Richard Pierce

Life, Politics, Writing

Day 63

Every day presents us with new dilemmas. I feel guilty for being weary. I am not a refugee. I am not being threatened by an army. I am not being threatened by white men with guns. I am not being bombed on the outskirts of a desert in Africa. I am not starving. I’m not thirsty. I’m not on the verge of death. I have a swollen ankle that I don’t rest enough. I’ve been crunching spreadsheets for the last 3 days. I have been wandering and sitting around with a giant albino in my head obsessing me. That’s the sum of my woes. That’s the sum of my dilemmas. It’s nothing.

I will, this morning, on the radio, play out the first movement of Gorecki’s wonderful Third Symphony, although I’ll start it 3 minutes in because the first 3 minutes are almost inaudible, and that doesn’t make for good radio. I did discuss this piece briefly with Mrs S who has spotted me through work and is now reading my blogs, and the impossibility of not crying when listening to the piece, at which point I said I wouldn’t play it out. But such is the universal pain of the world encapsulated by this music, that, this morning, this grey grey morning, in this peaceful, if sometimes violent, city which is now my home a thousand miles from conflict, I need to play it. There’s no option.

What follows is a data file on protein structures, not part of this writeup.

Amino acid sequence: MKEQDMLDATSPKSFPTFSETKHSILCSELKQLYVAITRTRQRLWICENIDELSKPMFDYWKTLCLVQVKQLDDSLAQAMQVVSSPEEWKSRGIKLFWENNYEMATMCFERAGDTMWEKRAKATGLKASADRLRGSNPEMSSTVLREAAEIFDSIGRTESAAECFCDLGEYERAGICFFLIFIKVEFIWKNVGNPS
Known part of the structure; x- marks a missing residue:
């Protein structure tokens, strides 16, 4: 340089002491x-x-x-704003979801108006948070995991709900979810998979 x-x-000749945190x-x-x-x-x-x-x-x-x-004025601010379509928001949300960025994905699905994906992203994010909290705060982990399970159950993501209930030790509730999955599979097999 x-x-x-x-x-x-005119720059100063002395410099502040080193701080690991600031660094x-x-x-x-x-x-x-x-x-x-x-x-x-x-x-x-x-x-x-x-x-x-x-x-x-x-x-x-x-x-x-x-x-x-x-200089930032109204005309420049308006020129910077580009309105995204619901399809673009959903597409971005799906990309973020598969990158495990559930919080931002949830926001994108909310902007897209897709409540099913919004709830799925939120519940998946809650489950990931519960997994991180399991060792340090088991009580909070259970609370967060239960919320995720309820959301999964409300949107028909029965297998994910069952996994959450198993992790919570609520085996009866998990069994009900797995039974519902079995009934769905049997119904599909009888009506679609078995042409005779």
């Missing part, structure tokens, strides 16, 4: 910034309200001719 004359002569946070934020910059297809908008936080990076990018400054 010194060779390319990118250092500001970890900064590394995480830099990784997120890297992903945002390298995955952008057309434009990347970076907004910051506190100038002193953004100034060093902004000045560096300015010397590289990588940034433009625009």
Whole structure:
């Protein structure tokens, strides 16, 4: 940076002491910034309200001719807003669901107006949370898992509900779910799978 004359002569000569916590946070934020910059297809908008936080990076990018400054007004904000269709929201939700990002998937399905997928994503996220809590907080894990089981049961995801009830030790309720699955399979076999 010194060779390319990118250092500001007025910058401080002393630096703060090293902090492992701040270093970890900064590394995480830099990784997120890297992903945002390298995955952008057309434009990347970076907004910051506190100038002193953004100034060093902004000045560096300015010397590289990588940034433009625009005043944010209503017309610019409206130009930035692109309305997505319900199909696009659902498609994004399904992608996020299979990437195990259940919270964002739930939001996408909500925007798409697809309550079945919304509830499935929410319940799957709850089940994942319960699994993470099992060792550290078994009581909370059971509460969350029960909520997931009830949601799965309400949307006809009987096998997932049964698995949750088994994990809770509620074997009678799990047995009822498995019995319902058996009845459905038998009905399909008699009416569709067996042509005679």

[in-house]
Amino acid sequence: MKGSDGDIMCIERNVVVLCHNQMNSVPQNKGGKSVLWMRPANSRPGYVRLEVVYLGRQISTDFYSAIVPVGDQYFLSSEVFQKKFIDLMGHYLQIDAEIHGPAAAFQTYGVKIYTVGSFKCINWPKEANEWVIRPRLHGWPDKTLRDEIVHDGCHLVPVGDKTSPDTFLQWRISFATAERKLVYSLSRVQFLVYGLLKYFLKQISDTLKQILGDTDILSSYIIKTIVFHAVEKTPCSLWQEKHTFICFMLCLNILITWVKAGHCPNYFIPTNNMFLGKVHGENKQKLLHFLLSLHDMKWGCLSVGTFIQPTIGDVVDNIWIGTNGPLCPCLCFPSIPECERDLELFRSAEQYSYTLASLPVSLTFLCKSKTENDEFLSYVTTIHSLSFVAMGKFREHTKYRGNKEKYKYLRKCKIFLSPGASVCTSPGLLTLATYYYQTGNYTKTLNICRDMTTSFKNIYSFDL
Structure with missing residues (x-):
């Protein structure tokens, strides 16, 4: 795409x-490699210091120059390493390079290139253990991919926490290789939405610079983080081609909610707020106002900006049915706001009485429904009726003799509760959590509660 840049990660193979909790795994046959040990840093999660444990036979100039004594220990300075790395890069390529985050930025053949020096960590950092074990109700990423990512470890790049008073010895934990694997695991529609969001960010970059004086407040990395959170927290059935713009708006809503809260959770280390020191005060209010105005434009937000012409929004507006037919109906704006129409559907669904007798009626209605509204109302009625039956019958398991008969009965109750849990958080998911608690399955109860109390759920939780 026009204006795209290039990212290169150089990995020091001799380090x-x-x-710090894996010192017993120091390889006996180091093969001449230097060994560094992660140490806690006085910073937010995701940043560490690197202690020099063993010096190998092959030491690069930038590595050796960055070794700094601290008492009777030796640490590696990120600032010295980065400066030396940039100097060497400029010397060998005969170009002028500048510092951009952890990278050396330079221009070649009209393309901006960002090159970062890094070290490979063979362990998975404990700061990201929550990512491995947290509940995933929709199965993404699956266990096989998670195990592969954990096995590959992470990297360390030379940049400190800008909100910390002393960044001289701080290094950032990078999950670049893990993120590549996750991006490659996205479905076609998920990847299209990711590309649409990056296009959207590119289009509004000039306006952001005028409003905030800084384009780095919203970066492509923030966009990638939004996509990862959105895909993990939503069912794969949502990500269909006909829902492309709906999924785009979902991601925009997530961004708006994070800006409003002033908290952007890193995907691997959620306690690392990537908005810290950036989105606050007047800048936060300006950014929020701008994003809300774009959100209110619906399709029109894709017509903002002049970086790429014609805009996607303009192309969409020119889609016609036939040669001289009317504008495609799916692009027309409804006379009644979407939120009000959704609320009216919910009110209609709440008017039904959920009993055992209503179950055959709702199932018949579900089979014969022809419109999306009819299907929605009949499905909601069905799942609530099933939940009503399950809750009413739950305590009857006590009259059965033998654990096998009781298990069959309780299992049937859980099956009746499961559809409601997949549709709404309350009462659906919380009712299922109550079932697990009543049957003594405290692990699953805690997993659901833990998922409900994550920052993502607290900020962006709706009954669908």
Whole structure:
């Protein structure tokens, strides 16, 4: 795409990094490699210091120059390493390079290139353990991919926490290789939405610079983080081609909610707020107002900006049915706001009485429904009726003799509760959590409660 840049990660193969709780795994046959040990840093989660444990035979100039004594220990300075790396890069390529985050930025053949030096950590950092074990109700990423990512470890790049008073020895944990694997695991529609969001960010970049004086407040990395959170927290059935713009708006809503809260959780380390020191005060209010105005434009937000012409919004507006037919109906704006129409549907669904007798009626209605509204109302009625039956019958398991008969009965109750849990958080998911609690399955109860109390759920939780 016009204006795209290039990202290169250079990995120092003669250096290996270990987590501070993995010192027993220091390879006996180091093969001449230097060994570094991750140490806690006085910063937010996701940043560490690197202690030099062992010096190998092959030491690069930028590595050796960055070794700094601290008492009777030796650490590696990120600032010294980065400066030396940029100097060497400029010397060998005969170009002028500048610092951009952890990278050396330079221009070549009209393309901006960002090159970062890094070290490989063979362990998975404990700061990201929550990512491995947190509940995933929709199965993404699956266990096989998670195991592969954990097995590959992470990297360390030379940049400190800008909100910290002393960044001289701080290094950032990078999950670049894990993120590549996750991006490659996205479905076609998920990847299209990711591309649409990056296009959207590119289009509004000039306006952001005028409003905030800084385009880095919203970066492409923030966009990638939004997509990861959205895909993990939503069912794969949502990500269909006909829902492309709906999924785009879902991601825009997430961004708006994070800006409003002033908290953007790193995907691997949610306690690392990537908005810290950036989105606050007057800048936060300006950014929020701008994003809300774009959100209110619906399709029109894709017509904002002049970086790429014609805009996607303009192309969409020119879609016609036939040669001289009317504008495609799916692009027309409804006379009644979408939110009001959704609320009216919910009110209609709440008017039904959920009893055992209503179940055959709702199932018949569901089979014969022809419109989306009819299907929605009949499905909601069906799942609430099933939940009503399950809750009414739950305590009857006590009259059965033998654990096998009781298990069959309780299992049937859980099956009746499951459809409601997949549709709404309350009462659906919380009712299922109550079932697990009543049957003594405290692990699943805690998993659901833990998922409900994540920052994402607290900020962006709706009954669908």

England, and it is little England coming up for 6 years after the EU referendum, is such an insignificant insular place now. It was insular even when it was an empire, because it was an empire built on exceptionalism and the suppression of anything different. The country has walked backwards in time, remained obsessed with the out-of-date trinkets of royalism, jingoism, and class, walked so far back in time that it has no relevance or influence in the modern world. It refuses to have any influence, refuses to sanction those, regardless of nationality, who would spread malevolence and spite so they can remain rich and powerful, with no conscience or regard for the needy. The right-minded amongst us have to share the cesspool that is England with those who deposit even more cess in the pool. A horrendous thought.